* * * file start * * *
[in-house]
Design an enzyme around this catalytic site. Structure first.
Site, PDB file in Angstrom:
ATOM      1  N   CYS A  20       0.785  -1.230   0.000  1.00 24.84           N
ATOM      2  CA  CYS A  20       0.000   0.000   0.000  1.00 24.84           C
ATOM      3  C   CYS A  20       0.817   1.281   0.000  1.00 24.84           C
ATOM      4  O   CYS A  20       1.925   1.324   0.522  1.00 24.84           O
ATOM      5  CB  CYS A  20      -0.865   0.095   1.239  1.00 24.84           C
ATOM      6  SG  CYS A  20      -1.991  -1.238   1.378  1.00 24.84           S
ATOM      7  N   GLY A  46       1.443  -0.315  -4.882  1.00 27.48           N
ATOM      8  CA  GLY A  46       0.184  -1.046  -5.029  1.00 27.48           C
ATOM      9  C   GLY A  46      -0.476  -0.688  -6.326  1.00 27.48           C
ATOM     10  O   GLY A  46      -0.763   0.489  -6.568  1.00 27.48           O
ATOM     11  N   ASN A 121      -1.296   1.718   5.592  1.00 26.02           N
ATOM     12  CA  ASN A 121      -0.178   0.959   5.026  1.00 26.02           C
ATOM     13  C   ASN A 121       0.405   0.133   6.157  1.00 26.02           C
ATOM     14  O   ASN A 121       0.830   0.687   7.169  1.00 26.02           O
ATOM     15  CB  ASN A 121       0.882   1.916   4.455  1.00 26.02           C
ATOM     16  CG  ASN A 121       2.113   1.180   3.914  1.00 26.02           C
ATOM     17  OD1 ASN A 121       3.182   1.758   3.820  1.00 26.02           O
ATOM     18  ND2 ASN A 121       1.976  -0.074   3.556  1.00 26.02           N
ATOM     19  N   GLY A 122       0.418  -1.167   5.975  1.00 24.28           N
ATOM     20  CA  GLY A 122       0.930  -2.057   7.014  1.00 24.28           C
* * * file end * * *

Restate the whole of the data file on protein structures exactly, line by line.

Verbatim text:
[in-house]
Design an enzyme around this catalytic site. Structure first.
Site, PDB file in Angstrom:
ATOM      1  N   CYS A  20       0.785  -1.230   0.000  1.00 24.84           N
ATOM      2  CA  CYS A  20       0.000   0.000   0.000  1.00 24.84           C
ATOM      3  C   CYS A  20       0.817   1.281   0.000  1.00 24.84           C
ATOM      4  O   CYS A  20       1.925   1.324   0.522  1.00 24.84           O
ATOM      5  CB  CYS A  20      -0.865   0.095   1.239  1.00 24.84           C
ATOM      6  SG  CYS A  20      -1.991  -1.238   1.378  1.00 24.84           S
ATOM      7  N   GLY A  46       1.443  -0.315  -4.882  1.00 27.48           N
ATOM      8  CA  GLY A  46       0.184  -1.046  -5.029  1.00 27.48           C
ATOM      9  C   GLY A  46      -0.476  -0.688  -6.326  1.00 27.48           C
ATOM     10  O   GLY A  46      -0.763   0.489  -6.568  1.00 27.48           O
ATOM     11  N   ASN A 121      -1.296   1.718   5.592  1.00 26.02           N
ATOM     12  CA  ASN A 121      -0.178   0.959   5.026  1.00 26.02           C
ATOM     13  C   ASN A 121       0.405   0.133   6.157  1.00 26.02           C
ATOM     14  O   ASN A 121       0.830   0.687   7.169  1.00 26.02           O
ATOM     15  CB  ASN A 121       0.882   1.916   4.455  1.00 26.02           C
ATOM     16  CG  ASN A 121       2.113   1.180   3.914  1.00 26.02           C
ATOM     17  OD1 ASN A 121       3.182   1.758   3.820  1.00 26.02           O
ATOM     18  ND2 ASN A 121       1.976  -0.074   3.556  1.00 26.02           N
ATOM     19  N   GLY A 122       0.418  -1.167   5.975  1.00 24.28           N
ATOM     20  CA  GLY A 122       0.930  -2.057   7.014  1.00 24.28           C